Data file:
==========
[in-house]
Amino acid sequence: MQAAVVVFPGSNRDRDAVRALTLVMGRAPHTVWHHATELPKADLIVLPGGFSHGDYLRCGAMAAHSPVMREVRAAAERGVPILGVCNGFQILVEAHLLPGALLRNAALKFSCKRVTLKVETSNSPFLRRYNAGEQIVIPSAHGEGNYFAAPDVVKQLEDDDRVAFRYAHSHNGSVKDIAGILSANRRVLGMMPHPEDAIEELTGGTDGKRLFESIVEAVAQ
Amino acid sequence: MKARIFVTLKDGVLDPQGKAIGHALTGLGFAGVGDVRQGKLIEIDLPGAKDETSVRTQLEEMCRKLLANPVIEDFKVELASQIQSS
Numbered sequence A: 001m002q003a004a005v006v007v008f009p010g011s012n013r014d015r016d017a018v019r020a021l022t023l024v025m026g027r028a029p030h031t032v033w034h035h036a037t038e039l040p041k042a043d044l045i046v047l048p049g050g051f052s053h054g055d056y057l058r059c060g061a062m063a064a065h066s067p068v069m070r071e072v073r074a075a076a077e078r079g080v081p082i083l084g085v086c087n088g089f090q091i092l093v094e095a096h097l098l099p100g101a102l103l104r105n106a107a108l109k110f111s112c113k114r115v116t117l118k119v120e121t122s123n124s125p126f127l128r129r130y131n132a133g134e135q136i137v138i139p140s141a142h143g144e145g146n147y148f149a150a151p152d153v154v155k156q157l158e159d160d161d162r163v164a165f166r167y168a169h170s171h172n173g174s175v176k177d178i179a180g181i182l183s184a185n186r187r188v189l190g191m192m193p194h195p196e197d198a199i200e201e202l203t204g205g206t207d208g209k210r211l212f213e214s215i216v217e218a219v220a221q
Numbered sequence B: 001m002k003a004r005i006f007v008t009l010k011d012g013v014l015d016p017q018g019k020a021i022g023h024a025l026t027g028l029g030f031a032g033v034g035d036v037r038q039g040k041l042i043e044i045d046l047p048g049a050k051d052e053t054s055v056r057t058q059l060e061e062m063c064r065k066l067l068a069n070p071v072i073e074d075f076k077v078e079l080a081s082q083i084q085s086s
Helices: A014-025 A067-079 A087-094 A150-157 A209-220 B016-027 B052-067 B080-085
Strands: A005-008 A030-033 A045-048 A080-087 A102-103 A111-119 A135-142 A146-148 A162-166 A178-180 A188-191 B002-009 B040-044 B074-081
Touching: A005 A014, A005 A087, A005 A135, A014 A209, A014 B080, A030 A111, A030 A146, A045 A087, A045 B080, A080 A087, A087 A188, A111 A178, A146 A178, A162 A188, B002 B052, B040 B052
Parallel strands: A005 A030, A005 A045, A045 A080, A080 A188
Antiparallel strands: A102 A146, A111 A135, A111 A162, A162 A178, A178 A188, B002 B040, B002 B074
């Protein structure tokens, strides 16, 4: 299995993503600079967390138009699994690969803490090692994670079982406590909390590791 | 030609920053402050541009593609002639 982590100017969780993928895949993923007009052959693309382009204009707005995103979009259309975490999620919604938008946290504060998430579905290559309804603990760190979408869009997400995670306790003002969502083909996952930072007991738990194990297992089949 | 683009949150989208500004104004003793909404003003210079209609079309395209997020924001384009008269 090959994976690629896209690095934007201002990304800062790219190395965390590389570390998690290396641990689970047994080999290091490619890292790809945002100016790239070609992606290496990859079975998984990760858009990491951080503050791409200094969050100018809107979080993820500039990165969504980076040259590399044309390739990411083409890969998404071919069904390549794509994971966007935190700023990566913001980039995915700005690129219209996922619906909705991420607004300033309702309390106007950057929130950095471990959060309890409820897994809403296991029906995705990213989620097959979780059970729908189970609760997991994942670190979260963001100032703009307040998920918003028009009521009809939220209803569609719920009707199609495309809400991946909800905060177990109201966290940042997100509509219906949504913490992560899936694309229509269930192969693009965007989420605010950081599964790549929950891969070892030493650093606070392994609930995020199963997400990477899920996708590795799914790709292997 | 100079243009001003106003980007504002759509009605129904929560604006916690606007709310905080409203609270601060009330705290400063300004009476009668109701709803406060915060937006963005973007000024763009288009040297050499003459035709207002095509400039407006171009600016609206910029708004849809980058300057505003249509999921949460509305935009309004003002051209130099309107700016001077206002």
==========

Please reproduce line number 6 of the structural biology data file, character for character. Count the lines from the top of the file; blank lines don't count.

Helices: A014-025 A067-079 A087-094 A150-157 A209-220 B016-027 B052-067 B080-085